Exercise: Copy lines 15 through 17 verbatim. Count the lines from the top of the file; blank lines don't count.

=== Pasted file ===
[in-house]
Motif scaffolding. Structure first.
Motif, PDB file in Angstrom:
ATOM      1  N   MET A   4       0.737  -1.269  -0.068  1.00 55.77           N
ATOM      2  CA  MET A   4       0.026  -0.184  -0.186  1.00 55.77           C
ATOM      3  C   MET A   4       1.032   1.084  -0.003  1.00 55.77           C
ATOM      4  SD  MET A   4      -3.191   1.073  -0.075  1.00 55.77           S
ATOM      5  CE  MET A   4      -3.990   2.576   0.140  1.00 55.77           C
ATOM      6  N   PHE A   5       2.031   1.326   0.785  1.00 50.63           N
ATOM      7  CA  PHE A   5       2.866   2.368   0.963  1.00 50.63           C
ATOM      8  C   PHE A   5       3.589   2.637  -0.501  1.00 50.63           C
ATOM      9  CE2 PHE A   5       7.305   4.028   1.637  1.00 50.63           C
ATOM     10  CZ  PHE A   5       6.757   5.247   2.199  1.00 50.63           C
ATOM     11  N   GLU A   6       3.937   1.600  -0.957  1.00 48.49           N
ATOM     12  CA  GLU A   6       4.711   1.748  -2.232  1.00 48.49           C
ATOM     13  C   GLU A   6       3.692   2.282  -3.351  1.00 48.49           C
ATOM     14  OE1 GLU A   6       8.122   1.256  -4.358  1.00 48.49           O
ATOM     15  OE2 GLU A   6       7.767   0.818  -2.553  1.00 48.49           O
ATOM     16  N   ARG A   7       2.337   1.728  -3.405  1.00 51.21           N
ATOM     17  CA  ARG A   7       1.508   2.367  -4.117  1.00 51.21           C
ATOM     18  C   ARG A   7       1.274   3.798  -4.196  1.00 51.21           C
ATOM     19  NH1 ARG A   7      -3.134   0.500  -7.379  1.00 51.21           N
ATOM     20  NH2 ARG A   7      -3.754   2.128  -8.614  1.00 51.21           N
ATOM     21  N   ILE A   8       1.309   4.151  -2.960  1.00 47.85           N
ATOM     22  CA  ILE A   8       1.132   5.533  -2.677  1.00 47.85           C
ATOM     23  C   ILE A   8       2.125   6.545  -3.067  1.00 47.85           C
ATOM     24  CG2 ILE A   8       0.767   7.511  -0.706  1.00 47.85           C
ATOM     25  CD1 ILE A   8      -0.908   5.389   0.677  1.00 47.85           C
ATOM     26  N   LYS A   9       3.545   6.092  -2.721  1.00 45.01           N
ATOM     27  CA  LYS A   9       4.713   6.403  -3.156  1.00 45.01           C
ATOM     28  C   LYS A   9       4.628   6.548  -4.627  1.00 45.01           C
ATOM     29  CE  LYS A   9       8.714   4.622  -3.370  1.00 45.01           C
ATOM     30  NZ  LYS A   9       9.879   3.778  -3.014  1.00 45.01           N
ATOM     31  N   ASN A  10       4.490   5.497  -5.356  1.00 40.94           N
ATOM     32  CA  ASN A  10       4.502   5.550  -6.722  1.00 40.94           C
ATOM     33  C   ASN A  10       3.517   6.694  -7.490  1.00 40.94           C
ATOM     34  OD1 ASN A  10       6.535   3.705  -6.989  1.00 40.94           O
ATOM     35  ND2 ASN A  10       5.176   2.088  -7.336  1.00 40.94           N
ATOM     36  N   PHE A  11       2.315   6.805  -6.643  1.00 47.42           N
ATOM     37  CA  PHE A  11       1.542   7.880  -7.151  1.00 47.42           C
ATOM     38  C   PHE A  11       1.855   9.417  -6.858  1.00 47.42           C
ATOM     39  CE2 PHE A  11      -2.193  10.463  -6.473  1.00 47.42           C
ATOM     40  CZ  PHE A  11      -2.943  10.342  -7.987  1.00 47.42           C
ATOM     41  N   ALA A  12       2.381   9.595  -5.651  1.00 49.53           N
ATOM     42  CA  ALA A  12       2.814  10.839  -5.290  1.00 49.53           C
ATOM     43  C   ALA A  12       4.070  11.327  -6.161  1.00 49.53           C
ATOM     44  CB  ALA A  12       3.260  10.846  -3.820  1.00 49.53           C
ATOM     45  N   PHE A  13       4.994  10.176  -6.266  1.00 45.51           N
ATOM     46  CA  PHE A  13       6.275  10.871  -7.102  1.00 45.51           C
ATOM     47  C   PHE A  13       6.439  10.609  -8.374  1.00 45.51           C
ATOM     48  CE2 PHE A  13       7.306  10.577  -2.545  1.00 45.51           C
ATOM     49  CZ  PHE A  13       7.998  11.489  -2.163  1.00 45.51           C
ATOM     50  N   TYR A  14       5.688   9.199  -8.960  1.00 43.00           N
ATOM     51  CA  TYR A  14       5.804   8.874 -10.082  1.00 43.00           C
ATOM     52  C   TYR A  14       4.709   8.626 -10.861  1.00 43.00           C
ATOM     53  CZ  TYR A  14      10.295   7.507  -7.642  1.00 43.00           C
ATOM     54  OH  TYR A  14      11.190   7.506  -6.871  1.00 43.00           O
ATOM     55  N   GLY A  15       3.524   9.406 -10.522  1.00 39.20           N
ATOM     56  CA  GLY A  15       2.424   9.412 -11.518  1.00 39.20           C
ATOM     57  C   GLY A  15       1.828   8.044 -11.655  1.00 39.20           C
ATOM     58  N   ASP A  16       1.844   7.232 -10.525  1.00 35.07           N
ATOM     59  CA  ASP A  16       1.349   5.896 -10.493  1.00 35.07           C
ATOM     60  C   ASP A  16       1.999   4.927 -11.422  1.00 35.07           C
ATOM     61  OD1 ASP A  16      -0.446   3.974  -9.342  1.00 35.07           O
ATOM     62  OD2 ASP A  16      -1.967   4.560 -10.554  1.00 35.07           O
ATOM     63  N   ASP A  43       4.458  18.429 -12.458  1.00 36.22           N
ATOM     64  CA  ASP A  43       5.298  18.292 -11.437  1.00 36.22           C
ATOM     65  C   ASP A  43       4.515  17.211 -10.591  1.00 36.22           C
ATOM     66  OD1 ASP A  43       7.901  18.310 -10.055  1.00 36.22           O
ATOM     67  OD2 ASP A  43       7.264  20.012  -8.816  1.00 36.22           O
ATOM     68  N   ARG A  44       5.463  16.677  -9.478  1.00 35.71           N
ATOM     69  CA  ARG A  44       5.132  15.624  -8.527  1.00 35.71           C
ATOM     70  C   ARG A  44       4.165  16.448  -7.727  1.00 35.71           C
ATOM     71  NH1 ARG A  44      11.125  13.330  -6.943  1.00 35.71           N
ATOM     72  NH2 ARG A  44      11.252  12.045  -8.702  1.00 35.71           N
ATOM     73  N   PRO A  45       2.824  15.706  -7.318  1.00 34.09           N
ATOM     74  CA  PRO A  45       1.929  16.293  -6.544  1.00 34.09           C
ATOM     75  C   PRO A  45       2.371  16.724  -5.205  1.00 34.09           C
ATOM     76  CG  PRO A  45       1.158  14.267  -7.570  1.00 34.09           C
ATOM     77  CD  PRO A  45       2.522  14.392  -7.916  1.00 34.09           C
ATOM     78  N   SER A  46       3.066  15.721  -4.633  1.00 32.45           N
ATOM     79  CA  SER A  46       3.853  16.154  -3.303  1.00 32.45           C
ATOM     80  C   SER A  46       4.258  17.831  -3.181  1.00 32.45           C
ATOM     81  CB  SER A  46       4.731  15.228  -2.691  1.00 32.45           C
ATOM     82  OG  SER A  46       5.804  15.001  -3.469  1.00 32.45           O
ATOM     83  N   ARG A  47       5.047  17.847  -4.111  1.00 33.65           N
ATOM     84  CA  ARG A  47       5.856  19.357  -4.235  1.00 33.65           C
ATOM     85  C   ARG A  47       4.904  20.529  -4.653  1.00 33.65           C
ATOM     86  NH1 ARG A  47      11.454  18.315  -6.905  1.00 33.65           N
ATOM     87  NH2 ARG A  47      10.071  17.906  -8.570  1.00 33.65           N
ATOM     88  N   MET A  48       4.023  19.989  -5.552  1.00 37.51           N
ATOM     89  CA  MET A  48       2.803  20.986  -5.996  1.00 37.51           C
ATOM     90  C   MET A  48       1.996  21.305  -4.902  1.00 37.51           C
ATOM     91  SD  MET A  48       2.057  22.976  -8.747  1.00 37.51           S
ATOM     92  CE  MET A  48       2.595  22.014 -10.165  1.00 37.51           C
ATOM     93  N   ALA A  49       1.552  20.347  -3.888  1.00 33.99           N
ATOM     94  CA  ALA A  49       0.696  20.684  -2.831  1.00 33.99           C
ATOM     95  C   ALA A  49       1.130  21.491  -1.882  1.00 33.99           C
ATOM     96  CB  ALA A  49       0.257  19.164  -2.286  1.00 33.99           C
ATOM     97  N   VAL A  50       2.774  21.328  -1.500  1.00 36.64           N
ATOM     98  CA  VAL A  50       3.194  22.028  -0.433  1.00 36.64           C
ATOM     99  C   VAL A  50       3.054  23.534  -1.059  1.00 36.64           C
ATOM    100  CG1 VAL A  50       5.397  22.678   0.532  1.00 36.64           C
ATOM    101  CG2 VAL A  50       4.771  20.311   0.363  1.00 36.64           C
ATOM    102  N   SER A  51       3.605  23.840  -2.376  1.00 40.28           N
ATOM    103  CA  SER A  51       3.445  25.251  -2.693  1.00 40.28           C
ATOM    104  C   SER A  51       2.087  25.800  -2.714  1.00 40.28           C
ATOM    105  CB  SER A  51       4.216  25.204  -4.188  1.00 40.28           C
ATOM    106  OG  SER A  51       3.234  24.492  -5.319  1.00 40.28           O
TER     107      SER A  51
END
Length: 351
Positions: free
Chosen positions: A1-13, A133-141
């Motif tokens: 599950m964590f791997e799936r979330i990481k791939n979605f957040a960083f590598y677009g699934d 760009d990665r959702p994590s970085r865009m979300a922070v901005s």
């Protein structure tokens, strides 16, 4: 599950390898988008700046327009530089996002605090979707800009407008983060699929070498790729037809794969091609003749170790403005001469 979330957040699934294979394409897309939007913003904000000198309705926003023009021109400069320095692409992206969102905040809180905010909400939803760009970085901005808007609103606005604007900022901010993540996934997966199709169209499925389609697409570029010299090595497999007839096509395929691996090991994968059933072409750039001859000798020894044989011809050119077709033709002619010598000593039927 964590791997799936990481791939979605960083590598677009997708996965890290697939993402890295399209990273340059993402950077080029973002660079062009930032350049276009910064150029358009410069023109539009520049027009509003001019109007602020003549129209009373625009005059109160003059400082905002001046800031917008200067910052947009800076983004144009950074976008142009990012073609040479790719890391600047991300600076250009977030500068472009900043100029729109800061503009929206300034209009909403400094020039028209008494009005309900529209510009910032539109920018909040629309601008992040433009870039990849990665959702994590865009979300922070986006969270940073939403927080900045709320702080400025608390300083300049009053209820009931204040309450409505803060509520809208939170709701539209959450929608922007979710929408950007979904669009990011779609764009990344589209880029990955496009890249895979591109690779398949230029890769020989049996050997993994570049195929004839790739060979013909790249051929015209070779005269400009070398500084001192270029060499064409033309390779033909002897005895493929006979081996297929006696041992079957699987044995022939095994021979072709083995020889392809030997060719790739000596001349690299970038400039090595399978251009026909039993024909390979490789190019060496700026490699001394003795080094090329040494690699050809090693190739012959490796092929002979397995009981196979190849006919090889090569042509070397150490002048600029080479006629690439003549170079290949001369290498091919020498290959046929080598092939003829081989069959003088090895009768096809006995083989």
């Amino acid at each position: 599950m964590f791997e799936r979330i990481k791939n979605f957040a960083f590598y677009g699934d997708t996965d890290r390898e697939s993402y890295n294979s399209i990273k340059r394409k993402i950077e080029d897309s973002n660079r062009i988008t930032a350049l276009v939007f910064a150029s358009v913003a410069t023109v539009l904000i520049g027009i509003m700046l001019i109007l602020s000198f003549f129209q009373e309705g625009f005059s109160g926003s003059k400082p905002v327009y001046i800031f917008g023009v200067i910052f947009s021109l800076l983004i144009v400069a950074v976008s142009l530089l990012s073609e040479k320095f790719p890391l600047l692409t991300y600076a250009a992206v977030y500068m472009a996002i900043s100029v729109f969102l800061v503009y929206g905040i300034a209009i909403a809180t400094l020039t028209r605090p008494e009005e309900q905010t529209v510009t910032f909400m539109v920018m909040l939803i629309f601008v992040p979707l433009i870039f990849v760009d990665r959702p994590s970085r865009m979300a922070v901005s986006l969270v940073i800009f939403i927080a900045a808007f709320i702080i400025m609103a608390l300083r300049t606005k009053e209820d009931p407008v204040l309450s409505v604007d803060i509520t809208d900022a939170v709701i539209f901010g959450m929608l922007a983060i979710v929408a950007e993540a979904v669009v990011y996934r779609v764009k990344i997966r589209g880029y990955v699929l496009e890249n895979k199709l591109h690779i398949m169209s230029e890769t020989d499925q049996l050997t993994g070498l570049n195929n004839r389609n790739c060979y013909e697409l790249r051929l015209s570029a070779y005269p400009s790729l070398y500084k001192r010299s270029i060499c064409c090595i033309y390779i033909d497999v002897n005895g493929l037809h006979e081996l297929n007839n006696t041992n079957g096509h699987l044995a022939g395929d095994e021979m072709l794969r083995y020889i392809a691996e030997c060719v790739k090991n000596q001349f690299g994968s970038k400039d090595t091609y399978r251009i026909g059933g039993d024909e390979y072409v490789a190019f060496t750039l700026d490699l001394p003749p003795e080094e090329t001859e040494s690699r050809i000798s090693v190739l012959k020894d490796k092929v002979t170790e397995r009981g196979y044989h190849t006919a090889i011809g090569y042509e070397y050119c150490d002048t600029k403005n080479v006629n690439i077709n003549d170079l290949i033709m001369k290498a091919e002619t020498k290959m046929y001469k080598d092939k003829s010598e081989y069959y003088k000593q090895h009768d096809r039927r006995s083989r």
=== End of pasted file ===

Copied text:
ATOM     12  CA  GLU A   6       4.711   1.748  -2.232  1.00 48.49           C
ATOM     13  C   GLU A   6       3.692   2.282  -3.351  1.00 48.49           C
ATOM     14  OE1 GLU A   6       8.122   1.256  -4.358  1.00 48.49           O